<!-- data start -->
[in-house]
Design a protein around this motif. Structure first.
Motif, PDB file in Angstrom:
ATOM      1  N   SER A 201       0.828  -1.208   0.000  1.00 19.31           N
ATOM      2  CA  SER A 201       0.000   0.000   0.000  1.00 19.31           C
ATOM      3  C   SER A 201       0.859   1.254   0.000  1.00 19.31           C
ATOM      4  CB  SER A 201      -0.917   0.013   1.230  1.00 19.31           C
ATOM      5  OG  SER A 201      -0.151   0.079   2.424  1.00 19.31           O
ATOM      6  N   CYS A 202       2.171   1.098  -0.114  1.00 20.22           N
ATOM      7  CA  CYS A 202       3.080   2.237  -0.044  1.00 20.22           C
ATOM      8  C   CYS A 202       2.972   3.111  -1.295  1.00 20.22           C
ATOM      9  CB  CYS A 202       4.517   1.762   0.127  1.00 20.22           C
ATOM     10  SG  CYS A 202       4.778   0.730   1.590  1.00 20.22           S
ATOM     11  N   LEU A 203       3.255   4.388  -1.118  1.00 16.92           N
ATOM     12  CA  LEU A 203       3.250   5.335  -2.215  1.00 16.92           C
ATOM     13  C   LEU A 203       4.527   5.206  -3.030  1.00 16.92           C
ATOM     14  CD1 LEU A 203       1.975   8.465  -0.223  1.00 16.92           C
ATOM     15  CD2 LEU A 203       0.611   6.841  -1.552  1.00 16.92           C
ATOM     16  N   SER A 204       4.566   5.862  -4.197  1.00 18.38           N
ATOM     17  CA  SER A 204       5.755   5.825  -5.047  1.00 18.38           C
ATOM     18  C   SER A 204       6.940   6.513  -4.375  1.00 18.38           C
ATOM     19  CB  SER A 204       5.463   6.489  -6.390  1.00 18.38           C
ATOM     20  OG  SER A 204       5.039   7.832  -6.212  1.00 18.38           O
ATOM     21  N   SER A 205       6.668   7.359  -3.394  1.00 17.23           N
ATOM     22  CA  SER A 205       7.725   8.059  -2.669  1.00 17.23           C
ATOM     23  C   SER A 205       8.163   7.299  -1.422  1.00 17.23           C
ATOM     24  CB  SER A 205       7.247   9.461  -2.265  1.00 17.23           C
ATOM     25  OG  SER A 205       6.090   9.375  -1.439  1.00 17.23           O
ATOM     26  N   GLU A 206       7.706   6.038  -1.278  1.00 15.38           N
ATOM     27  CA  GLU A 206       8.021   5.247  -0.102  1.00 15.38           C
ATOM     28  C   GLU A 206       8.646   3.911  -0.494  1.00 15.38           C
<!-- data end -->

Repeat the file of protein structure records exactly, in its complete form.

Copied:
[in-house]
Design a protein around this motif. Structure first.
Motif, PDB file in Angstrom:
ATOM      1  N   SER A 201       0.828  -1.208   0.000  1.00 19.31           N
ATOM      2  CA  SER A 201       0.000   0.000   0.000  1.00 19.31           C
ATOM      3  C   SER A 201       0.859   1.254   0.000  1.00 19.31           C
ATOM      4  CB  SER A 201      -0.917   0.013   1.230  1.00 19.31           C
ATOM      5  OG  SER A 201      -0.151   0.079   2.424  1.00 19.31           O
ATOM      6  N   CYS A 202       2.171   1.098  -0.114  1.00 20.22           N
ATOM      7  CA  CYS A 202       3.080   2.237  -0.044  1.00 20.22           C
ATOM      8  C   CYS A 202       2.972   3.111  -1.295  1.00 20.22           C
ATOM      9  CB  CYS A 202       4.517   1.762   0.127  1.00 20.22           C
ATOM     10  SG  CYS A 202       4.778   0.730   1.590  1.00 20.22           S
ATOM     11  N   LEU A 203       3.255   4.388  -1.118  1.00 16.92           N
ATOM     12  CA  LEU A 203       3.250   5.335  -2.215  1.00 16.92           C
ATOM     13  C   LEU A 203       4.527   5.206  -3.030  1.00 16.92           C
ATOM     14  CD1 LEU A 203       1.975   8.465  -0.223  1.00 16.92           C
ATOM     15  CD2 LEU A 203       0.611   6.841  -1.552  1.00 16.92           C
ATOM     16  N   SER A 204       4.566   5.862  -4.197  1.00 18.38           N
ATOM     17  CA  SER A 204       5.755   5.825  -5.047  1.00 18.38           C
ATOM     18  C   SER A 204       6.940   6.513  -4.375  1.00 18.38           C
ATOM     19  CB  SER A 204       5.463   6.489  -6.390  1.00 18.38           C
ATOM     20  OG  SER A 204       5.039   7.832  -6.212  1.00 18.38           O
ATOM     21  N   SER A 205       6.668   7.359  -3.394  1.00 17.23           N
ATOM     22  CA  SER A 205       7.725   8.059  -2.669  1.00 17.23           C
ATOM     23  C   SER A 205       8.163   7.299  -1.422  1.00 17.23           C
ATOM     24  CB  SER A 205       7.247   9.461  -2.265  1.00 17.23           C
ATOM     25  OG  SER A 205       6.090   9.375  -1.439  1.00 17.23           O
ATOM     26  N   GLU A 206       7.706   6.038  -1.278  1.00 15.38           N
ATOM     27  CA  GLU A 206       8.021   5.247  -0.102  1.00 15.38           C
ATOM     28  C   GLU A 206       8.646   3.911  -0.494  1.00 15.38           C